Boom, boom, boom, Even brighter than the moon, moon, moon, It's always been inside of you, you, you And now it's time to let it through, ooh, ooh. Cause, baby, you're a firework Come on, show 'em what you're worth Make 'em go, "Oh! Oh! Oh!" As you shoot across the sky-y-y. Baby, you're a firework Come on, let your colors burst Make 'em go, "Oh! Oh! Oh!" You're gonna leave 'em fallin' down-own-own.
She followed the pleasure where it led. She had no weight, no name, no thoughts, no history. Then came a burst of phosphorescence, as though a firework had discharged behind her eyes, and it was over. She felt quiet and warm. For the first conscious moment of her life, her mind was free from wonder, free from worry, free from work or puzzlement. Then, from the middle of that marvelous furred stillness, a thought took shape, took hold, took over. I shall have to do this again.
How late is it? How long have we been sitting here? I look at my watch "" three thirty and the day is almost ending. It's October. All those kids recently returned to classrooms with new bags and pencil cases will be looking forward to half term already. How quickly it goes. Halloween soon, then firework night. Christmas. Spring. Easter. Then there's my birthday in May. I'll be seventeen. How long can I stave it off? I don't know. All I know is that I have two choices "" stay wrapped in blankets and get on with dying, or get the list back together and get on with living.
The fireworks continued to burn and spread all over the school that afternoon. Though they caused plenty of disruption, the other teachers did not seem to mind them very much. "Dear, dear, " said Professor McGonagall sardonically, as one of the dragons soared around her classroom, emitting loud bangs and exhaling flame. "Miss Brown, would you mind running along to the headmistress and informing her that we have an escaped firework in our classroom?" "Thank you so much, Professor!" said Professor Flitwick in his squeaky little voice. "I could have got rid of the sparklers myself, of course, but I wasn't sure whether I had the authority... " Beaming, he closed the classroom door in Umbridge's snarling face.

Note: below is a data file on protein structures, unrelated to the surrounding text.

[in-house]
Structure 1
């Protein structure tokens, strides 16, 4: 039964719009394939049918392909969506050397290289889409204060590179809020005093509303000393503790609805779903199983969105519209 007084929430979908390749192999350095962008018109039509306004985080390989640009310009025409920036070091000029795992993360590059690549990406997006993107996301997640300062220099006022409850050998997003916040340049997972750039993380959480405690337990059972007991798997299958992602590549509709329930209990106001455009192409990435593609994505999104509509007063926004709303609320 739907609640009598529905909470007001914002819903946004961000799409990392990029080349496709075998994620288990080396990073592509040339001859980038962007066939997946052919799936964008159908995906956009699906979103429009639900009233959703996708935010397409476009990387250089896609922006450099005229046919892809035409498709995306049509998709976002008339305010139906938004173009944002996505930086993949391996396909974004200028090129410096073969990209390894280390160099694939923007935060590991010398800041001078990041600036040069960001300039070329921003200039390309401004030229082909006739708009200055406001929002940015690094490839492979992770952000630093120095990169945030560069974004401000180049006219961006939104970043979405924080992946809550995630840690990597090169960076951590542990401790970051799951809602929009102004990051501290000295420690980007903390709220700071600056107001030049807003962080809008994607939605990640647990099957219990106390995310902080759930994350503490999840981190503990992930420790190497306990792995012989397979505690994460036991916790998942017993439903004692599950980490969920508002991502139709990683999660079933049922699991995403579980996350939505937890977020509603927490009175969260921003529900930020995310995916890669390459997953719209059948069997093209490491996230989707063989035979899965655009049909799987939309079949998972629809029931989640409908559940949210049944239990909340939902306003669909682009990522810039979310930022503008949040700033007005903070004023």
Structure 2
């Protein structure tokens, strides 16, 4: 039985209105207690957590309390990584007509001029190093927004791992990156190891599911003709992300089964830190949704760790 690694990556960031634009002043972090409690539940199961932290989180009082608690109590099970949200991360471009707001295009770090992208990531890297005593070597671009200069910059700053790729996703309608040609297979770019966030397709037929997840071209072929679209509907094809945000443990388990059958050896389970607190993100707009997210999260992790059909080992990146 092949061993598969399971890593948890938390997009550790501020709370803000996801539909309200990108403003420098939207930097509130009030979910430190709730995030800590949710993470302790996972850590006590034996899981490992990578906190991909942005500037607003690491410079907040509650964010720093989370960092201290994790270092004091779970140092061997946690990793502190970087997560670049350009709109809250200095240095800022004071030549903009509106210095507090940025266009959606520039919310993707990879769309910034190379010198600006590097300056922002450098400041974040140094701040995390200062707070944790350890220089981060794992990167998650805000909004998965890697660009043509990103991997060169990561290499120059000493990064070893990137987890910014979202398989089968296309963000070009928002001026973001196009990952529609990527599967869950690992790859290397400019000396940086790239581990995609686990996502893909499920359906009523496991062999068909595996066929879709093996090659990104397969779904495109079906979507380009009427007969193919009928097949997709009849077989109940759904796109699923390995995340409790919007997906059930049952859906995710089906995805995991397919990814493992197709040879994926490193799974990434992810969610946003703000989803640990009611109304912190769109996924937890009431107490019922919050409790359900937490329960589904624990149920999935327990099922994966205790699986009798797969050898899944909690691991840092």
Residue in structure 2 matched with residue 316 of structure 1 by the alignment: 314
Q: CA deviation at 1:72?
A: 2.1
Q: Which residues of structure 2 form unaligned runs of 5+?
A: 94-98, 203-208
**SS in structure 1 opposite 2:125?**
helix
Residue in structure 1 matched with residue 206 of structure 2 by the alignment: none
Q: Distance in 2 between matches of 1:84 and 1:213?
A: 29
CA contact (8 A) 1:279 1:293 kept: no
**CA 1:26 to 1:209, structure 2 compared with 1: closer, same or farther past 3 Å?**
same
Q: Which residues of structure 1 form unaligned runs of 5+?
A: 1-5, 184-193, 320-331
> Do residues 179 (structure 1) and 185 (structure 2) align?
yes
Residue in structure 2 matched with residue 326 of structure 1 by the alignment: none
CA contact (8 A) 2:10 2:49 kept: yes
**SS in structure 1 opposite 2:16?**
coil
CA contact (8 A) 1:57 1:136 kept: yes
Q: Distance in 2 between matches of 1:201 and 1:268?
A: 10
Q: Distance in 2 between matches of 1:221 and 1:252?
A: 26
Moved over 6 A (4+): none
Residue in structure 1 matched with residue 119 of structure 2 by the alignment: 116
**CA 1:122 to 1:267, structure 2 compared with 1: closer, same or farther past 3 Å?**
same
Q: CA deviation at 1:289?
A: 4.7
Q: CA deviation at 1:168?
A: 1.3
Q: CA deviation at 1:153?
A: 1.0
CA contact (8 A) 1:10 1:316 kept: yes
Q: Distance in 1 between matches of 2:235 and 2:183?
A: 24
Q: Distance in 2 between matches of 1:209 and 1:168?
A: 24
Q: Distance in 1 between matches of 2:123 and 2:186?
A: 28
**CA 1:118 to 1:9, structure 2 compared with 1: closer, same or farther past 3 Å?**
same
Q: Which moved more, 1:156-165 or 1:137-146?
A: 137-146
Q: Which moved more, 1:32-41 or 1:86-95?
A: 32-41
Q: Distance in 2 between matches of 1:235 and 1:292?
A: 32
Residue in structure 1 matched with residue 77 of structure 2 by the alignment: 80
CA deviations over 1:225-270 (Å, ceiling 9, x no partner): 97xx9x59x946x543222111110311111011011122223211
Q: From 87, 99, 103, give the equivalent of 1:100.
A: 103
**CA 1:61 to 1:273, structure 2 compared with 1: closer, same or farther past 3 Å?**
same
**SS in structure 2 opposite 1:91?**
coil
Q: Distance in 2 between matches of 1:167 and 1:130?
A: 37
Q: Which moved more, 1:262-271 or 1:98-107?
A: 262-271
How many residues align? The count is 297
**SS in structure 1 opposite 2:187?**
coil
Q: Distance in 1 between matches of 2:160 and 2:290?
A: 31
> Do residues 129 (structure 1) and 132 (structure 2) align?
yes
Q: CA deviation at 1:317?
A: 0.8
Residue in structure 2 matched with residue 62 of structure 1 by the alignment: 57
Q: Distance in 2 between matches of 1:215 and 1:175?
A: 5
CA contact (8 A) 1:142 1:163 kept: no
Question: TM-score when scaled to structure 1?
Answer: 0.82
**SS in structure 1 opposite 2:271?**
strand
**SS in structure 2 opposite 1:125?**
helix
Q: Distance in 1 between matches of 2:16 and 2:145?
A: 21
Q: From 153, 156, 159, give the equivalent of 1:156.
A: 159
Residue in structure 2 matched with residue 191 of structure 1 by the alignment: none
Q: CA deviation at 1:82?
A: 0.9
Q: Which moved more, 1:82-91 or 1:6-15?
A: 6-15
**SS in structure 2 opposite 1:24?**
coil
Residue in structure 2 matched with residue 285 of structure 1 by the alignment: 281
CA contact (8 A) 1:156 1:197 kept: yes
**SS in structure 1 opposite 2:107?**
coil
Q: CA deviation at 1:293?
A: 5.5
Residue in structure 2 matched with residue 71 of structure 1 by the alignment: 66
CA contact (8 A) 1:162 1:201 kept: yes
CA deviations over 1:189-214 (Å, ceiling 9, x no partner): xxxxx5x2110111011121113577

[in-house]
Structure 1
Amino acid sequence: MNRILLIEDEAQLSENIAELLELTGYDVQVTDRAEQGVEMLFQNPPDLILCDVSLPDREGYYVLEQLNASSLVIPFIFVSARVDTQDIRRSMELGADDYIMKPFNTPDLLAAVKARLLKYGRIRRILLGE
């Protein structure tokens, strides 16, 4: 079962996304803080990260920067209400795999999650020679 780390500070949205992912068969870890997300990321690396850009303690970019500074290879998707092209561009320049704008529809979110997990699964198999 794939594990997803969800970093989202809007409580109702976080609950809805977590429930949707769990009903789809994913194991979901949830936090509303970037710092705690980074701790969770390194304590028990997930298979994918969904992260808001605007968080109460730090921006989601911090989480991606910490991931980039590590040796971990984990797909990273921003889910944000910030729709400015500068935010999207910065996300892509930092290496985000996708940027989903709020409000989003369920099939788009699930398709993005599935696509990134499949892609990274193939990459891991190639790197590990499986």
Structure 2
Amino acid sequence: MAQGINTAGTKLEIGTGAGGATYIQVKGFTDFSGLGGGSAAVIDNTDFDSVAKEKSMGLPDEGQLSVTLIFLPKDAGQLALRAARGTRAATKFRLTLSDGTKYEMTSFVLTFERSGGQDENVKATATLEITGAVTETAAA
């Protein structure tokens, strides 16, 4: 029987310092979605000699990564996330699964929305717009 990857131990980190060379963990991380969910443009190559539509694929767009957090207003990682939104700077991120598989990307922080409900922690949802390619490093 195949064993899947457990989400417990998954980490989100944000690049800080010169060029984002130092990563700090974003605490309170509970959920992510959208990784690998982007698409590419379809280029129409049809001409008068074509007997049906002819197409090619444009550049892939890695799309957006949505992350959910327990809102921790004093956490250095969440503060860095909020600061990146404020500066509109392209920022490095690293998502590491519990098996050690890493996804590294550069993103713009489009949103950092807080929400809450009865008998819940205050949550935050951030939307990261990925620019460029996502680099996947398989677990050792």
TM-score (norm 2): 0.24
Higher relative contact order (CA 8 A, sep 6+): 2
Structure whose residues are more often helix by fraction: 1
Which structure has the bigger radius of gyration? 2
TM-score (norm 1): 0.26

What I'm feeling, I think, is joy. And it's been some time since I've felt that blinkered rush of happiness, This might be one of those rare events that lasts, one that'll be remembered and recalled as months and years wind and ravel. One of those sweet, significant moments that leaves a footprint in your mind. A photograph couldn't ever tell its story. It's like something you have to live to understand. One of those freak collisions of fizzing meteors and looming celestial bodies and floating debris and one single beautiful red ball that bursts into your life and through your body like an enormous firework. Where things shift into focus for a moment, and everything makes sense. And it becomes one of those things inside you, a pearl among sludge, one of those big exaggerated memories you can invoke at any moment to peel away a little layer of how you felt, like a lick of ice cream. The flavor of grace.
Years and years ago, there was a production of The Tempest, out of doors, at an Oxford college on a lawn, which was the stage, and the lawn went back towards the lake in the grounds of the college, and the play began in natural light. But as it developed, and as it became time for Ariel to say his farewell to the world of The Tempest, the evening had started to close in and there was some artificial lighting coming on. And as Ariel uttered his last speech, he turned and he ran across the grass, and he got to the edge of the lake and he just kept running across the top of the water - the producer having thoughtfully provided a kind of walkway an inch beneath the water. And you could see and you could hear the plish, plash as he ran away from you across the top of the lake, until the gloom enveloped him and he disappeared from your view. And as he did so, from the further shore, a firework rocket was ignited, and it went whoosh into the air, and high up there it burst into lots of sparks, and all the sparks went out, and he had gone. When you look up the stage directions, it says, 'Exit Ariel.